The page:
Embark on one of these 10 wild adventures and we reckon you’ll be begging for a beach and a good book afterwards.
Expedition Alaska, USA
Any kind of trip to Alaska is an adventure. But every June, the organisers of Expedition Alaska (expeditionak.com) put on what many consider to be the most challenging adventure race in the world. This seven-day event on the Kenai Peninsula covers roughly 500km and includes monster stretches of trekking, ocean crossings, white-water kayaking, packrafting, mountain biking, canyoneering, coasteering, and abseiling. Needless to say, it’s experts only. Expedition Alaska is the ultimate test of fitness, outdoor survival skills and wits, in one of the world’s most unforgiving wildernesses.
Bear Grylls Survival Academy, Zimbabwe
Bear Grylls is on his way to creating an entire army of survivalists who are overly enthusiastic about freezing their butts off and eating disgusting things. There are currently more than a dozen Bear Grylls Survival Academies around the globe, where instructors have been handpicked by Grylls and, in many cases, served as crew or technical advisors on his shows. Our favourite is an intense five-day course near Victoria Falls in Zimbabwe. Alongside nine others, you will be issued your Bear Grylls survival knife and taught everything from treating rancid water and building a shelter in the bush to lighting a fire – all while being watched by rhinos, lions and elephants (beargryllssurvivalacademy.com/africa).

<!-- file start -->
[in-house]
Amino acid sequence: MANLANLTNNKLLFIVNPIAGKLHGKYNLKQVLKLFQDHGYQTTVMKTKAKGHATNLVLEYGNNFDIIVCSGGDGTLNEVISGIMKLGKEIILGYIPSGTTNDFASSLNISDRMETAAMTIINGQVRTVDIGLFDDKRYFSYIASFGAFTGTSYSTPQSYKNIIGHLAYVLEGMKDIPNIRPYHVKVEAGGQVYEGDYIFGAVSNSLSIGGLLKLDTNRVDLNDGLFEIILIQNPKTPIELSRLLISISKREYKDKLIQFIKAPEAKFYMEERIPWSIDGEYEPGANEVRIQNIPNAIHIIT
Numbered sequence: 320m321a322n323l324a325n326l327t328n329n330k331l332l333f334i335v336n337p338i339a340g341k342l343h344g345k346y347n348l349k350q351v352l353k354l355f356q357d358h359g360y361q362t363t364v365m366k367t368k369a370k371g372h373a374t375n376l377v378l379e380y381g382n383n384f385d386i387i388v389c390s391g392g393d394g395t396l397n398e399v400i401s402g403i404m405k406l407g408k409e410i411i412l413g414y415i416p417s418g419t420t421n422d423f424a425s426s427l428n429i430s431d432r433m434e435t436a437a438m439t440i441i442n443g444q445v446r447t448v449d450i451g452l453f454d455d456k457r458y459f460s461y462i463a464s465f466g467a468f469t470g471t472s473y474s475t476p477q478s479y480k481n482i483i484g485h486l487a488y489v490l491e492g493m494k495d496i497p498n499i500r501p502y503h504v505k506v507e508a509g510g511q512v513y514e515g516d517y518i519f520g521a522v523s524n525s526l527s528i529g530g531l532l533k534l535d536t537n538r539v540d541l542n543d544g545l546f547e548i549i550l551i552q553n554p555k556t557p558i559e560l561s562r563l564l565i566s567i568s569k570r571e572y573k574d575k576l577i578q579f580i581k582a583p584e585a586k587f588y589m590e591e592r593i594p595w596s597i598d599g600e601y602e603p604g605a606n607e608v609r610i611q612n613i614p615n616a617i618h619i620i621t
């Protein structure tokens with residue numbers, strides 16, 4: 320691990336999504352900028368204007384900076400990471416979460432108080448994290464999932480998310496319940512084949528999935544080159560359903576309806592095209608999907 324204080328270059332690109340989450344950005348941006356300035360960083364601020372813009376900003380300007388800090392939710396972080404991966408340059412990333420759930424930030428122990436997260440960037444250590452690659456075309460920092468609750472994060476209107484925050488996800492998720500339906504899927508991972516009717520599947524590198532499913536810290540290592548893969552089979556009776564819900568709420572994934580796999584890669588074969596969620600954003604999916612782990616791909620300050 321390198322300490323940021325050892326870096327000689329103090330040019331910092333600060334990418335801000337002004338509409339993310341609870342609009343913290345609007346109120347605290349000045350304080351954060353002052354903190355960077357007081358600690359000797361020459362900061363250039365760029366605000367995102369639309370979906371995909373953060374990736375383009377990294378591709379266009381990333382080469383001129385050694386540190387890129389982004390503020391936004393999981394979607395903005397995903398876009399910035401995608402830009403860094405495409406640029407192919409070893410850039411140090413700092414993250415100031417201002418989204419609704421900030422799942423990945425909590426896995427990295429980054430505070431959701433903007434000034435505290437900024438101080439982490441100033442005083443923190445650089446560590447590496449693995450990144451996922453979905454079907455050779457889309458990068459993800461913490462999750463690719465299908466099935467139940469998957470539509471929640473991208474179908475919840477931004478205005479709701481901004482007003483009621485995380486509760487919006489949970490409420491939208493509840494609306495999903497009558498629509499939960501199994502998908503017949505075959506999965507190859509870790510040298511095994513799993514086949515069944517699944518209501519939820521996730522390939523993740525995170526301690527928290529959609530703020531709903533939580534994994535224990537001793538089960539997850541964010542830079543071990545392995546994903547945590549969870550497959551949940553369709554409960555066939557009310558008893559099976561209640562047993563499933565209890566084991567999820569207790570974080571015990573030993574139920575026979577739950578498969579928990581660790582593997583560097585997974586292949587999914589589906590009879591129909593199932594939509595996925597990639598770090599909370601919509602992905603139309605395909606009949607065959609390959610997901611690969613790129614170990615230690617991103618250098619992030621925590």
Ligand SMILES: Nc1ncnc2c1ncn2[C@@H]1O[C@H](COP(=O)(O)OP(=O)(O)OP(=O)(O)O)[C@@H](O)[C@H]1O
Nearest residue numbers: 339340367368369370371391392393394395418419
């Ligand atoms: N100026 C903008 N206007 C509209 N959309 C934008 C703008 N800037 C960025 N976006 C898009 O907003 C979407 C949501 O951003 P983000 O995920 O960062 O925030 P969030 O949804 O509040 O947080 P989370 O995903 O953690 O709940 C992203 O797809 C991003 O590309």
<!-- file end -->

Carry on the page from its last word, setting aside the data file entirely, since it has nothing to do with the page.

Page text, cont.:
Speight’s Coast to Coast, New Zealand
We love an adventure race named after a beer. But don’t be fooled – the Speight’s Coast to Coast (coasttocoast.co.nz), which happens every February, is a 243km multi-sport adventure race on New Zealand’s rugged South Island that takes two full days to complete. From the start at Kumara Beach, you and about a thousand others will run, bike, and kayak across stunning Lord of the Rings landscapes until you end up at Brighton Beach near Christchurch. But what we love most about the iconic 33-year-old event is that it’s achievable for mortals – the spirit among competitors is classic Kiwi enthusiasm and the atmosphere is more fun-run than Iron Man.
Fuego y Agua Hunter Gatherer Survival Run, Nicaragua
With a tagline ‘adapt or die’, this 80km race – sometimes held in the USA, sometimes in Nicaragua – sees competitors climb, swim, dig and run over brutal wilderness terrain. This is no co-worker team-building outing so don’t sign up unless you have some endurance race experience. Unlike other hardcore adventure races, it places a premium on intelligent problem-solving, and the permitted-gear list looks more like something you’d find on a survival course than an ultramarathon (fuegoyagua.org).
Amazon River Annual International Ra Race, Peru
This three-day event deep in the Peruvian jungle is almost as fun to watch as it is to participate in. Covering 180km, more than 40 teams of four build their own raft out of local balsawood logs (locals are on hand to help) and then paddle downstream, stopping only to sleep along the way. But it’s not as simple as it sounds – only one foreign team has won in 17 years. After a pre-race dinner and a little dance party, it’s off the bed to rest up for the journey. Then you spend the next three days learning more than you could ever want about your raft mates, and trying to become the second team ever to beat the locals.
Bob Cooper Outback Survival, Australia